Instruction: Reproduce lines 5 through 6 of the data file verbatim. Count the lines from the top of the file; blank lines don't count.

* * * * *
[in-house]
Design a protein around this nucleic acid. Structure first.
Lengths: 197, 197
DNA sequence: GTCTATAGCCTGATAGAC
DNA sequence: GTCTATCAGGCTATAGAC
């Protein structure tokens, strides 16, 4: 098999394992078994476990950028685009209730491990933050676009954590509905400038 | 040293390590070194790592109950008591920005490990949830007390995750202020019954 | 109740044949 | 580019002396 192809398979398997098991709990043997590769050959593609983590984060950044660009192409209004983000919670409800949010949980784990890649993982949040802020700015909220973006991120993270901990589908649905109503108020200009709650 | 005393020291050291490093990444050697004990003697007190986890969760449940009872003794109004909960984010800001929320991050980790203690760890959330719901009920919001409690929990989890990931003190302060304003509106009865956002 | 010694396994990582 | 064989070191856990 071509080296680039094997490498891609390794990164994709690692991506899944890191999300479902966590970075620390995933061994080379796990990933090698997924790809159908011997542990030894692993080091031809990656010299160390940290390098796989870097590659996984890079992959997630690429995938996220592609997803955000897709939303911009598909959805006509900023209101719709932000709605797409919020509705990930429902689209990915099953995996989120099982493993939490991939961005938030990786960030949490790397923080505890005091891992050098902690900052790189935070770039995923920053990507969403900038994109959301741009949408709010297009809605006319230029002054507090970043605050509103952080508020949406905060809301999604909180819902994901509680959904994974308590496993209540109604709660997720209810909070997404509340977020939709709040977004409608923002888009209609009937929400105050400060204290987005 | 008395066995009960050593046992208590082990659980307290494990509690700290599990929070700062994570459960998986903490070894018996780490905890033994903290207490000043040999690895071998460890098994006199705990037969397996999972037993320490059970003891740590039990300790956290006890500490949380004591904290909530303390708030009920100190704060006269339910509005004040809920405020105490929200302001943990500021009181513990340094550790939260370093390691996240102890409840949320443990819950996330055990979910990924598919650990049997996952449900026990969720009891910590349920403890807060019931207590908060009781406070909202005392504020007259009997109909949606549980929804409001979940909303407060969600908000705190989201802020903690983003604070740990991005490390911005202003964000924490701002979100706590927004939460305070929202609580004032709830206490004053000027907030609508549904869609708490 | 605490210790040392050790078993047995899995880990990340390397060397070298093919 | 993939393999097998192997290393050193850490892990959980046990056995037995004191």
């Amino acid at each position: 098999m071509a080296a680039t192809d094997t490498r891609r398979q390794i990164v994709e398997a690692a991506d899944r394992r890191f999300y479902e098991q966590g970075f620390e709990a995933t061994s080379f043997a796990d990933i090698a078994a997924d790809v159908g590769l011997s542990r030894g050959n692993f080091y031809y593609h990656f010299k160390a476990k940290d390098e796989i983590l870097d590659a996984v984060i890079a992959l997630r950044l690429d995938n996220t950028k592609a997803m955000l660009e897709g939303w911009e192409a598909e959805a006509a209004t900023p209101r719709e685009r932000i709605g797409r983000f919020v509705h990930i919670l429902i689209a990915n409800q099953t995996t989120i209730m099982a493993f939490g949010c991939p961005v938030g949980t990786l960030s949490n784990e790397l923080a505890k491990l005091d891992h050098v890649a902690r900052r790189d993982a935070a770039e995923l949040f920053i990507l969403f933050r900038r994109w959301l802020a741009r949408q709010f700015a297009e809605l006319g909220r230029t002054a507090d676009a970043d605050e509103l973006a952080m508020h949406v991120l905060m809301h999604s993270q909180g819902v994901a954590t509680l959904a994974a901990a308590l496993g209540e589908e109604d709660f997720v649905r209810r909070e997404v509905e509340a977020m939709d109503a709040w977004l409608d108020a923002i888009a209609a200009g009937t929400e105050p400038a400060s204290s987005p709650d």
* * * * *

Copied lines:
DNA sequence: GTCTATCAGGCTATAGAC
């Protein structure tokens, strides 16, 4: 098999394992078994476990950028685009209730491990933050676009954590509905400038 | 040293390590070194790592109950008591920005490990949830007390995750202020019954 | 109740044949 | 580019002396 192809398979398997098991709990043997590769050959593609983590984060950044660009192409209004983000919670409800949010949980784990890649993982949040802020700015909220973006991120993270901990589908649905109503108020200009709650 | 005393020291050291490093990444050697004990003697007190986890969760449940009872003794109004909960984010800001929320991050980790203690760890959330719901009920919001409690929990989890990931003190302060304003509106009865956002 | 010694396994990582 | 064989070191856990 071509080296680039094997490498891609390794990164994709690692991506899944890191999300479902966590970075620390995933061994080379796990990933090698997924790809159908011997542990030894692993080091031809990656010299160390940290390098796989870097590659996984890079992959997630690429995938996220592609997803955000897709939303911009598909959805006509900023209101719709932000709605797409919020509705990930429902689209990915099953995996989120099982493993939490991939961005938030990786960030949490790397923080505890005091891992050098902690900052790189935070770039995923920053990507969403900038994109959301741009949408709010297009809605006319230029002054507090970043605050509103952080508020949406905060809301999604909180819902994901509680959904994974308590496993209540109604709660997720209810909070997404509340977020939709709040977004409608923002888009209609009937929400105050400060204290987005 | 008395066995009960050593046992208590082990659980307290494990509690700290599990929070700062994570459960998986903490070894018996780490905890033994903290207490000043040999690895071998460890098994006199705990037969397996999972037993320490059970003891740590039990300790956290006890500490949380004591904290909530303390708030009920100190704060006269339910509005004040809920405020105490929200302001943990500021009181513990340094550790939260370093390691996240102890409840949320443990819950996330055990979910990924598919650990049997996952449900026990969720009891910590349920403890807060019931207590908060009781406070909202005392504020007259009997109909949606549980929804409001979940909303407060969600908000705190989201802020903690983003604070740990991005490390911005202003964000924490701002979100706590927004939460305070929202609580004032709830206490004053000027907030609508549904869609708490 | 605490210790040392050790078993047995899995880990990340390397060397070298093919 | 993939393999097998192997290393050193850490892990959980046990056995037995004191």